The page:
HOW TO GET IT RIGHT
When traveling overseas, the standard approach is to provide “burner” laptops and phones, then remove and destroy the drive upon return to the US. Agio understands the US government does not allow mobile devices and laptops to be used by officials traveling to a number of regions including China, Russia, and parts of Africa. The following recommendations have been compiled by our cybersecurity team and are meant to act as a best practices reference for you and your users.
Mobile devices have inherent vulnerabilities associated with their software and hardware. Foreign countries often leverage their security apparatus, especially airport security and customs, and connections to the tourism industry, to conduct physical attacks on mobile devices. Also, in many foreign countries, the government has direct or proxy control of the commercial cellular infrastructure, which gives them a remote conduit to attack connected mobile devices. Cellular-borne attacks are particularly damaging, as most mobile devices, as designed, trust the low-level communication from the cellular network.
Successful exploitation can allow adversaries to remotely activate microphones and cameras, geolocate and track specific devices, and steal the information processed by or stored on the device. A compromised device can also be used as a vector to attack networks to which it later connects.
- Keep all software (operating systems and apps) up to date.
- Use strong lock-screen PINs/passwords (minimum 6-character length).
- Set displays to automatically lock after 5 minutes or less.
- Set password attempts to 10 or less.
- Disable lock-screen notifications.
- Encrypt data stored on devices.
- Use a VPN and encrypted VoIP applications whenever possible. Ensure that all VPN/VoIP providers are reputable and US-based.
- Connect devices only to authorized computers and peripherals.
- Cover all cameras with opaque tape and disable in settings whenever possible.
- Install applications only from trusted sources.
- Do not charge your devices by connecting them to charging stations, computers, televisions, DVRs, etc. Use only issued chargers or those acquired with sufficient OPSEC.
- Do not open any unknown email attachments.
- Do not click on any unknown web links sent via email or text messaging.
- Do not circumvent restrictions on company-issued devices.
- Report suspicious device behavior to your IT department as soon as possible.
- Prepare dedicated devices with limited contacts and emails for the exclusive purpose of your imminent travel.
- Acquire and install new SIM cards for the destination service area. Using international SIM cards purchased domestically is preferable; however, if this is not possible, make sure to utilize good operational security (OPSEC) by purchasing SIM cards from standalone stores and not from a store or kiosk at the airport.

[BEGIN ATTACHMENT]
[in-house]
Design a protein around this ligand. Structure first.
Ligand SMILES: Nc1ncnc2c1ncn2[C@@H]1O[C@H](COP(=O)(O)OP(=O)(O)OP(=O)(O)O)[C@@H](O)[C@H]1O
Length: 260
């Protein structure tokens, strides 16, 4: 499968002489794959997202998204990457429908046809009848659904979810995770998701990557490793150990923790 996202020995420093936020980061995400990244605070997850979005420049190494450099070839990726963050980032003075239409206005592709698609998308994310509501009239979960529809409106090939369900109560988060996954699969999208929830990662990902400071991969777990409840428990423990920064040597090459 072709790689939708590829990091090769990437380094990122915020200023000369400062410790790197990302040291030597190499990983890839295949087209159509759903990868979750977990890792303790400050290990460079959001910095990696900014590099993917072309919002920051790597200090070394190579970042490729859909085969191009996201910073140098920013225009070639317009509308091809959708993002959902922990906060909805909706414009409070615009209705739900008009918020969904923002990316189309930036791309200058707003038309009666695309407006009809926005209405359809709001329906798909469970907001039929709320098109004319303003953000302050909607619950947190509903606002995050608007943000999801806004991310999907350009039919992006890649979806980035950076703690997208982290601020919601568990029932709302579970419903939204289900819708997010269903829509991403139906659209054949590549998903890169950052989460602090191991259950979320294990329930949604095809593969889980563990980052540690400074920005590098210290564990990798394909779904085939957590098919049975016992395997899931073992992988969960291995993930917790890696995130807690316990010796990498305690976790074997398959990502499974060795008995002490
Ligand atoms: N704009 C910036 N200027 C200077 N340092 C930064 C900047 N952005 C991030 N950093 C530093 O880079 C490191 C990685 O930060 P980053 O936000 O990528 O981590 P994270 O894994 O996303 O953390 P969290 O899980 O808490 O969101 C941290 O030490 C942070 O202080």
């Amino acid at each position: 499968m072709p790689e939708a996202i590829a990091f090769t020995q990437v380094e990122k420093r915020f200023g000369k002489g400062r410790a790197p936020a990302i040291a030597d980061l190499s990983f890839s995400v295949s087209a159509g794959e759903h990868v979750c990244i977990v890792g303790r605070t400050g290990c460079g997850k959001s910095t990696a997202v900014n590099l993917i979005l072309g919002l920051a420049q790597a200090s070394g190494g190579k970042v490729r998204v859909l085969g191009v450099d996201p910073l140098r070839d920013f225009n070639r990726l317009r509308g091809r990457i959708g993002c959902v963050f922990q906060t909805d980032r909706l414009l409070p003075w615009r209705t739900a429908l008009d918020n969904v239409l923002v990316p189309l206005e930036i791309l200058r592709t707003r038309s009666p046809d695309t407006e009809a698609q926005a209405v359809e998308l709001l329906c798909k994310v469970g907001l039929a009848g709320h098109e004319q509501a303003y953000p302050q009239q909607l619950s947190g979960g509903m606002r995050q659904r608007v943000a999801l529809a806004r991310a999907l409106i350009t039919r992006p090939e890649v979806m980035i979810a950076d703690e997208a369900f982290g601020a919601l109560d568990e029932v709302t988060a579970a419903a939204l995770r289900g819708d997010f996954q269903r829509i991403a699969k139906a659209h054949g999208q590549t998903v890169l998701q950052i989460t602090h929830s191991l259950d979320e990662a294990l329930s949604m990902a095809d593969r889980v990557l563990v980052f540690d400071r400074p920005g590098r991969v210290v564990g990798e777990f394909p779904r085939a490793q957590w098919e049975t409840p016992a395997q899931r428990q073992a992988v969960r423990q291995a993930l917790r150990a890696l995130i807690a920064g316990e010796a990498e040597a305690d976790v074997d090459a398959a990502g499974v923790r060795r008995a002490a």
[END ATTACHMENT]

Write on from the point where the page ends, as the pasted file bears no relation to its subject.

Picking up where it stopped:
- Maintain positive physical control of devices at all times (e.g., do not leave in hotel safe).
- Turn off unused wireless communications (e.g., Bluetooth®1, NFC, Wi-Fi).
- Disable GPS and location services (unless required).
- Do not connect to open Wi-Fi networks.
- Do not connect personal devices with official devices.
- Regularly inspect devices for signs of tampering.
- Avoid surrendering devices to foreign customs officials.
- Physically inspect your travel devices.
- Wipe and reload your travel devices.
Take proactive steps to secure your devices and your personally identifiable information before you travel. Leave at home any electronic equipment you don’t need during your travel, and if you take it, protect it. Be sure you:
- Back up your electronic files.
- Remove sensitive data.
- Install strong passwords.
- Use full disk encryption. (Be advised that there are some export/import restrictions on encryption technology.)
- Ensure antivirus software is up to date.
- Do not configure auto-connection or automatic login for any applications.
- Use a host-based firewall and configure it to allow a small set of defined trusted outbound connections.
- Do not type in usernames or passwords while using the laptop – store them on an encrypted USB drive and copy/paste them into login forms. This will keep key loggers from being able to see your credentials.
- Update all software before you leave. Do not perform any software updates while traveling. Some malware disguises itself as common software updates.
Be vigilant about where and how you use your devices, and don’t be lulled into a false sense of security. Make sure you:
- Keep your devices secure in public places such as airports, hotels, and restaurants.
- Be aware of your surroundings and take care that nobody is trying to steal information from you by looking at your device screen when you use it.
- Consider using a privacy screen on your laptop.